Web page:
As a kid with an incredibly active imagination, I loved acting out the stories that my Mom read to me or what I saw in movies. I taped flashlights to my arms to shoot lasers like Buzz Lightyear, and built blanket fortresses to defend my stuffed animal subjects from marauding trolls. Sadly, it has been a while since I have done either, so the opportunity to explore Polish castles and hunt dwarves this summer was an adventure beyond my five-year-old self’s wildest dreams and an experience this 16-year-old will never forget.
Tramping over bridges, under massive gates, across cobblestone courtyards, up and down stone stairways and through the long, Gothic hallways at Malbork Castle gave me a taste of what it was like to serve as one of the 3,000 Teutonic Knights that served there during the 14th Century. I was especially fascinated by the ingenious system devised for heating the world’s largest red brick castle — channels carried heat from a massive oven in the belly of the upper castle up to a chamber under the beautiful Great Refectory Hall, where the knights could regulate the temperature by adjusting openings in the floor. Another highlight was seeing how the Grandmaster was able to conduct secret meetings without fear of being overheard in a hall built directly behind the chapel’s choir seats.
With its jaw-dropping history, craftsmanship and artwork, it’s no wonder Malbork Castle is a UNESCO World Heritage site; the few hours my family spent there were not nearly enough, and I hope to someday return to witness or even participate in the jousting and demonstrations of catapults and crossbows at the annual reenactment of the Siege of Malbork. For now, I’m satisfied to have crossed swords with two knights I encountered that day.
Although 30 percent of Poland is covered in dense forests, that wasn’t where I encountered dwarves. To the contrary, I ran into them all over the beautiful city of Wroc?aw in western Poland. Wroc?aw is famous for more than 300 dwarf statues scattered throughout the city in honor of the Orange Alternative’s anti-Communist protests in the 1980s. After purchasing a map at the Wroclaw Tourist Information Center, my Mom and I were able to locate 35 of them in one day, including Papa Dwarf (the first and largest), as well as firefighting dwarves, one riding a pigeon, another eating a pierogi and one imprisoned behind bars. He may soon be sharing that cell, because we also caught three trying to break into an ATM.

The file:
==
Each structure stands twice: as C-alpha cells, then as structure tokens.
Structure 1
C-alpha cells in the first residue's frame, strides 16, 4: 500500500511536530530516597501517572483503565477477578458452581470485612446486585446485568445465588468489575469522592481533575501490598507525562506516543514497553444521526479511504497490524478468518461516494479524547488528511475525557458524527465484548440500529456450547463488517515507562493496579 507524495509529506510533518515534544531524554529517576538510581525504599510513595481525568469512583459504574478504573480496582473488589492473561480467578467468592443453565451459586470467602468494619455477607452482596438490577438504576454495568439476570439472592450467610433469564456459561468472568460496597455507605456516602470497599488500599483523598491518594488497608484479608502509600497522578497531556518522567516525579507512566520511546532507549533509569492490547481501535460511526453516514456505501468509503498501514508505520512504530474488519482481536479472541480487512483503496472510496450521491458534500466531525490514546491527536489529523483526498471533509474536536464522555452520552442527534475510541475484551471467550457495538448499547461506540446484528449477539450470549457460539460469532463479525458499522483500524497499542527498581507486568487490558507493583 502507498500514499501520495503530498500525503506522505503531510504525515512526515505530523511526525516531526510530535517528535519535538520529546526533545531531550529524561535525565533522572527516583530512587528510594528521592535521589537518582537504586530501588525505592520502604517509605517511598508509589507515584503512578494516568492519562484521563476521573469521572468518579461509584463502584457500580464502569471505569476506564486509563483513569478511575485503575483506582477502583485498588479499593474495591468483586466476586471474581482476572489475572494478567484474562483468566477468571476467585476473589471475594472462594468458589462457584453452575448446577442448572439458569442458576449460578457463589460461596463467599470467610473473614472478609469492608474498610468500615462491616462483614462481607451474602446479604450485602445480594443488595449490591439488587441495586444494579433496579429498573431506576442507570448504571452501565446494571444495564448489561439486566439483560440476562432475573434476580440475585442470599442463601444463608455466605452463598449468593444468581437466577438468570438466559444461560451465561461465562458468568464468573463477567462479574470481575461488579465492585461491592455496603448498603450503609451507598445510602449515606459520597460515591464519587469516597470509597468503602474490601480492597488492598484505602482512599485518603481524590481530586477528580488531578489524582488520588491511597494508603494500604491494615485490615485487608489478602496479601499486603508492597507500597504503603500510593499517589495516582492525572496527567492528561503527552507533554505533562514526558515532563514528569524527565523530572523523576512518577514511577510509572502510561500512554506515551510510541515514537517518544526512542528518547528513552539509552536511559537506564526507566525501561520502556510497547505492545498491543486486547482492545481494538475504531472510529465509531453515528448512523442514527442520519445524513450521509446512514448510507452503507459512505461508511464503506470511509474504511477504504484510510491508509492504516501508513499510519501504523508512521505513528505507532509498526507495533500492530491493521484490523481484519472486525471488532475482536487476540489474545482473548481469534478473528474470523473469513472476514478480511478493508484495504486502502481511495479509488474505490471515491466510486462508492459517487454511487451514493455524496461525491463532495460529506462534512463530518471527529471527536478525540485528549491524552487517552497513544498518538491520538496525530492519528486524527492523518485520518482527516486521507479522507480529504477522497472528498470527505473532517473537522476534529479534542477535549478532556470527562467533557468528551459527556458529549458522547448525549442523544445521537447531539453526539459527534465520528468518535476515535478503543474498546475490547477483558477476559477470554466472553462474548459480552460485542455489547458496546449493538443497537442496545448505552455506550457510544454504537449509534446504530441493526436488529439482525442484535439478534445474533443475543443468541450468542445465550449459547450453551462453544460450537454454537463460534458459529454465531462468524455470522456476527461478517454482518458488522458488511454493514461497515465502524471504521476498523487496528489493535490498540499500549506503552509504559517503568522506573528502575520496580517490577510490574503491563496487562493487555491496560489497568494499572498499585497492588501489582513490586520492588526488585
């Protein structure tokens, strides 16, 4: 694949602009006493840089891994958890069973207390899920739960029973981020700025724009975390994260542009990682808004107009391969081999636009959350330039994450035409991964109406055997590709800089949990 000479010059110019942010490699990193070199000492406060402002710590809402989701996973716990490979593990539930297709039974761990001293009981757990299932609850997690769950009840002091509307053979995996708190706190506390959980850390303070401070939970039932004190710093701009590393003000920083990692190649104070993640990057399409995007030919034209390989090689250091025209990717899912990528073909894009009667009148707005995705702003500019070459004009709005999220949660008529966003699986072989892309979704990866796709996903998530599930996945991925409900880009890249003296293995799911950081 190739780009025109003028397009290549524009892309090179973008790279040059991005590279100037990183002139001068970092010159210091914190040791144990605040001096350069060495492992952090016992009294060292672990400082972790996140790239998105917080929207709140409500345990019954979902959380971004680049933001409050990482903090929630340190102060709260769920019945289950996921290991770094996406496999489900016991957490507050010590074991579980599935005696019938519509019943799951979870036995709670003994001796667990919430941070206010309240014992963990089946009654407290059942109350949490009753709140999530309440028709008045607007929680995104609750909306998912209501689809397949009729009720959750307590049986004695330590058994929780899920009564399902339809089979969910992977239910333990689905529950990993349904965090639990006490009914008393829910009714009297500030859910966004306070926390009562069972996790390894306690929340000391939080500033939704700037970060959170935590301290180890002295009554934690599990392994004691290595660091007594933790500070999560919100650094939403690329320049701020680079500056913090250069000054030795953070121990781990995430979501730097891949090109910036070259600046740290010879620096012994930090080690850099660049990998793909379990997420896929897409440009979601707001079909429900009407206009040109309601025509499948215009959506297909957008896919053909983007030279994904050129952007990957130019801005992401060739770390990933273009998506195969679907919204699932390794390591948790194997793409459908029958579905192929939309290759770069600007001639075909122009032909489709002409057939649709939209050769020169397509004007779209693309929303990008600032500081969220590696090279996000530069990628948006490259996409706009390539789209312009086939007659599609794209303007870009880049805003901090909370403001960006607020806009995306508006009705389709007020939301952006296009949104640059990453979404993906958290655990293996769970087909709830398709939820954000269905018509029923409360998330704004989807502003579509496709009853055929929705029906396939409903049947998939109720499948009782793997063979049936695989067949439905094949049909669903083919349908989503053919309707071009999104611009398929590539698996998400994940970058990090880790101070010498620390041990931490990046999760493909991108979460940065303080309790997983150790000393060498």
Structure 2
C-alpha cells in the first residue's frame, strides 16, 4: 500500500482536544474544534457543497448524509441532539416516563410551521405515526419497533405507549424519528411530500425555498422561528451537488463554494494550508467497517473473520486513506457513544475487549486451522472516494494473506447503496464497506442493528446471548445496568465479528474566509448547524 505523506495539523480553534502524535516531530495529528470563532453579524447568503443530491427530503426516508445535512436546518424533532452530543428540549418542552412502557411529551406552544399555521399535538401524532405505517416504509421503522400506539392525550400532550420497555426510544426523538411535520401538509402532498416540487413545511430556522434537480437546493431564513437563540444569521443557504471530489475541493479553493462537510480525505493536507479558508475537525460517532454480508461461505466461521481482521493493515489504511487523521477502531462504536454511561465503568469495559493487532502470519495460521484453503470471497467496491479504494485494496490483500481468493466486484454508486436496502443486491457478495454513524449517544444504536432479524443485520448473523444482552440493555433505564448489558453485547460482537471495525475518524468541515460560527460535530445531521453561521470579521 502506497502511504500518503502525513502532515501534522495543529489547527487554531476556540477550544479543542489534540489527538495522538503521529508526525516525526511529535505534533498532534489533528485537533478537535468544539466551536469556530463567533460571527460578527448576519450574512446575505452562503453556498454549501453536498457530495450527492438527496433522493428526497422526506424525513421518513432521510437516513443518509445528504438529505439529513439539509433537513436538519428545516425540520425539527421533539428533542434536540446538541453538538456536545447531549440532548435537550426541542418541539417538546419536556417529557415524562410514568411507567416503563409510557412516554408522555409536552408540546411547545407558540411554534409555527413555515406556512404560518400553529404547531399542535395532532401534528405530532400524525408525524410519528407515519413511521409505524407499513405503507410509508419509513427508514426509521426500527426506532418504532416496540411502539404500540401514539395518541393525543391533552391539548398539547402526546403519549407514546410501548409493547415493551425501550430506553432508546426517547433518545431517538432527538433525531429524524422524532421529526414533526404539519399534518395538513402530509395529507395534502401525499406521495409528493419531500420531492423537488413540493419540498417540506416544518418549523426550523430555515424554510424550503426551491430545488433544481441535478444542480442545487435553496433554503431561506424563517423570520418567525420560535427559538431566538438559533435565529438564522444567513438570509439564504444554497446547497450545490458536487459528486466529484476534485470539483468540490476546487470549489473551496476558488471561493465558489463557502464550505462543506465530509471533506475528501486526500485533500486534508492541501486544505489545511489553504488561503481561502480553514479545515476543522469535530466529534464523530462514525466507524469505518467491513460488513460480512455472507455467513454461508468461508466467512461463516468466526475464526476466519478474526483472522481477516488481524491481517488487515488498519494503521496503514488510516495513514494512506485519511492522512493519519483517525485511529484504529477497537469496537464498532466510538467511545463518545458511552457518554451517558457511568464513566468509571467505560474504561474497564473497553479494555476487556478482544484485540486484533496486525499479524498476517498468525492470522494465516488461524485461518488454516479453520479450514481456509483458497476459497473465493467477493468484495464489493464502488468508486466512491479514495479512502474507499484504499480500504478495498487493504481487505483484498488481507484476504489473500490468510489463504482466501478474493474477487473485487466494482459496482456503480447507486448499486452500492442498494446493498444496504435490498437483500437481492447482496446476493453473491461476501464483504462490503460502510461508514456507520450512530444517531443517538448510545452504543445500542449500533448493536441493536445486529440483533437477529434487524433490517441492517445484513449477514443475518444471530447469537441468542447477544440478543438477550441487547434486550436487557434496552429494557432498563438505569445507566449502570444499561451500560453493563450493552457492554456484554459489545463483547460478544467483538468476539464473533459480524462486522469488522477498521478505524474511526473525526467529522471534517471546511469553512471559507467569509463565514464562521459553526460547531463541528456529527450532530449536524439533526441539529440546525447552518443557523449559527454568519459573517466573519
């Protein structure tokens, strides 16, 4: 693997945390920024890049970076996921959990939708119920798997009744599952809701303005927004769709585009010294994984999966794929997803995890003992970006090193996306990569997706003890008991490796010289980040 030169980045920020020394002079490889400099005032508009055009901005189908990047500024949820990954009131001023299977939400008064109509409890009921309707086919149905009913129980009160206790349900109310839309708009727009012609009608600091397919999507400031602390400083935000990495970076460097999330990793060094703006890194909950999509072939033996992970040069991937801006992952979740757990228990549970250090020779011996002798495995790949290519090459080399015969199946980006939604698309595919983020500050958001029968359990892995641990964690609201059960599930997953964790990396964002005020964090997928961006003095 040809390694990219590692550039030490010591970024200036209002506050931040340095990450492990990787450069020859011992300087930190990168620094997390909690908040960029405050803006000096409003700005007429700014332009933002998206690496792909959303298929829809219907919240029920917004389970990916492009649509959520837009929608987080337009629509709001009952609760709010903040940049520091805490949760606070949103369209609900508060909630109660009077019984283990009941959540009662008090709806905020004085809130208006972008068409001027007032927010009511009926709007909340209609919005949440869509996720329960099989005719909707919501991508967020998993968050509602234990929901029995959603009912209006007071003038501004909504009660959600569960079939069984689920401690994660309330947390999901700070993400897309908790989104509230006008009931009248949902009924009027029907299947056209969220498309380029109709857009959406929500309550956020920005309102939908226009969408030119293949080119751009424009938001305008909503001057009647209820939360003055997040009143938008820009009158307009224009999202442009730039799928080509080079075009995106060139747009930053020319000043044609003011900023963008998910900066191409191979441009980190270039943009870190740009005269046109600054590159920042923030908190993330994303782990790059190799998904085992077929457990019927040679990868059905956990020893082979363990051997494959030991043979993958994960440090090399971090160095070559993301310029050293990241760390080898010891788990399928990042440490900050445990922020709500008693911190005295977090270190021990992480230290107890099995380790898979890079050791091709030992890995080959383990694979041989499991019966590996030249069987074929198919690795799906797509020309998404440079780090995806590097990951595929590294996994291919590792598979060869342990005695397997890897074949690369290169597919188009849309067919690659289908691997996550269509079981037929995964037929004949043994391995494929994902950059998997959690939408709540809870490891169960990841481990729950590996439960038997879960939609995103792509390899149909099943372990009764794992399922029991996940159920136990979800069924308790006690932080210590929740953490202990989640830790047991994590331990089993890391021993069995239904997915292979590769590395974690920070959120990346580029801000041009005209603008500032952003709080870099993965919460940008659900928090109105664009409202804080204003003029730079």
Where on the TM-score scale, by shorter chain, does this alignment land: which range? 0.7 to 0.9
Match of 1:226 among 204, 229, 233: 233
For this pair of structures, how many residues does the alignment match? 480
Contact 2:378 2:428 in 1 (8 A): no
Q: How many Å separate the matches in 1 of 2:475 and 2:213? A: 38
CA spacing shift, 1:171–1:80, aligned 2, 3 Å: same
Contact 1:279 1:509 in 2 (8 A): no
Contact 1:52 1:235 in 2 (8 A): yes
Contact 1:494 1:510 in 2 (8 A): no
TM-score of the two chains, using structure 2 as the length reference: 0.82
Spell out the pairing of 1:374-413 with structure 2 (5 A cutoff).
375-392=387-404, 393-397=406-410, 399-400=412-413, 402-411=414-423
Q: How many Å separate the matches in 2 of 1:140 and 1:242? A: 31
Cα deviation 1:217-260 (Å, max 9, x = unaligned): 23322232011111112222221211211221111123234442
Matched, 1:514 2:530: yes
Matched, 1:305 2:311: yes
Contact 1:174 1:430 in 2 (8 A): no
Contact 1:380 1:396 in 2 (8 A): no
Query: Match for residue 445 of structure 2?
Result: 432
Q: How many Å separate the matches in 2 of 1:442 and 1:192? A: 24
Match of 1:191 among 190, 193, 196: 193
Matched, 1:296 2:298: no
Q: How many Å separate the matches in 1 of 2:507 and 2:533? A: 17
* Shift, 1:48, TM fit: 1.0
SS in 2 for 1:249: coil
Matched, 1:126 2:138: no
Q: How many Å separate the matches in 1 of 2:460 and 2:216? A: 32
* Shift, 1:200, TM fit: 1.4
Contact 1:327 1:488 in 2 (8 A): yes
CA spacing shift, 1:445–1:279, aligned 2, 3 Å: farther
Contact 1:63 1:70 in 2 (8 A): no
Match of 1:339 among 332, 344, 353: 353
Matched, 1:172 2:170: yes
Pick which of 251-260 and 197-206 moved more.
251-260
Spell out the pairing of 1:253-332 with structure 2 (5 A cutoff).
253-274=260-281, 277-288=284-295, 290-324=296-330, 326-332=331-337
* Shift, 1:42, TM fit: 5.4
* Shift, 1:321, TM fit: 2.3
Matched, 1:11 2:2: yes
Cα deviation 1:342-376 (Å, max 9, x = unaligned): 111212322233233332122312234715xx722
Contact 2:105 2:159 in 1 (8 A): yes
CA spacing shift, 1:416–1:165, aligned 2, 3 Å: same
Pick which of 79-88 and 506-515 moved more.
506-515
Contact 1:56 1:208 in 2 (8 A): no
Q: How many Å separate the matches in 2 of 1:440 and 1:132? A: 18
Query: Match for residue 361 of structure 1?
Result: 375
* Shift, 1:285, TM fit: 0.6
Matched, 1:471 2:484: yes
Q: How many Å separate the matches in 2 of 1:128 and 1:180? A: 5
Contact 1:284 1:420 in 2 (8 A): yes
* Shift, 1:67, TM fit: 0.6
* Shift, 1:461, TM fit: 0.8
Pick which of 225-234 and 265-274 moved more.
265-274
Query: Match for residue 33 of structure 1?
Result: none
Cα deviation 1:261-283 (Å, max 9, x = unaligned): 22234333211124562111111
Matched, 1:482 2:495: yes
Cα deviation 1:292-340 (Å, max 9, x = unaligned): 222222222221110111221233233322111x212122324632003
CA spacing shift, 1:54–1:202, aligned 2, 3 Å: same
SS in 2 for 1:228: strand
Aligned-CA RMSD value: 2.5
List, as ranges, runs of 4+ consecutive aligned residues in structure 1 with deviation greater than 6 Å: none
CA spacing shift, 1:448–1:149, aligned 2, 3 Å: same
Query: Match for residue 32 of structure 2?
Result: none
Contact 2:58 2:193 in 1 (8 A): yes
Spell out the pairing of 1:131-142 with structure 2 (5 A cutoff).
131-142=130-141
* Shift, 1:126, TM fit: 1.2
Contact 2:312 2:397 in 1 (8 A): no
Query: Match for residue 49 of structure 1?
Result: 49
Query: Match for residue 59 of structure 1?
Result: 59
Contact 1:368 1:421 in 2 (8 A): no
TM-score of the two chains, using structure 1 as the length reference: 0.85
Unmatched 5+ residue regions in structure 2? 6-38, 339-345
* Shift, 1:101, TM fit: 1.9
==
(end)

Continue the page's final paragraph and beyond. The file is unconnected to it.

Most of the dwarves we found were on the ground or on windowsills, but we also discovered a few on lampposts. Our dwarf hunt took us all over picturesque Wroc?aw — past colorfully painted buildings decorated with griffins and kings in the market square; across the Oder River to Cathedral Island, home to the landmark dual-spired Cathedral of St. John the Baptist; and by white, gold or green-clad street performers who resembled the dwarf statues. Unsurprisingly, the European Union designated this vibrant city as its 2016 European Capital of Culture, and I wish my family had more time to fully explore it.
As we grow up, it is difficult to recapture the wonder of Christmas morning or pretend play, but for a fleeting week in Poland, I felt like a five-year-old again as I entered the gates of Malbork Castle, chased dwarves in Wroc?aw and even came face to face with Hansel and Gretel. To someone raised on fairy tales, Poland is a truly magical place, and I left inspired to write some stories of my own.
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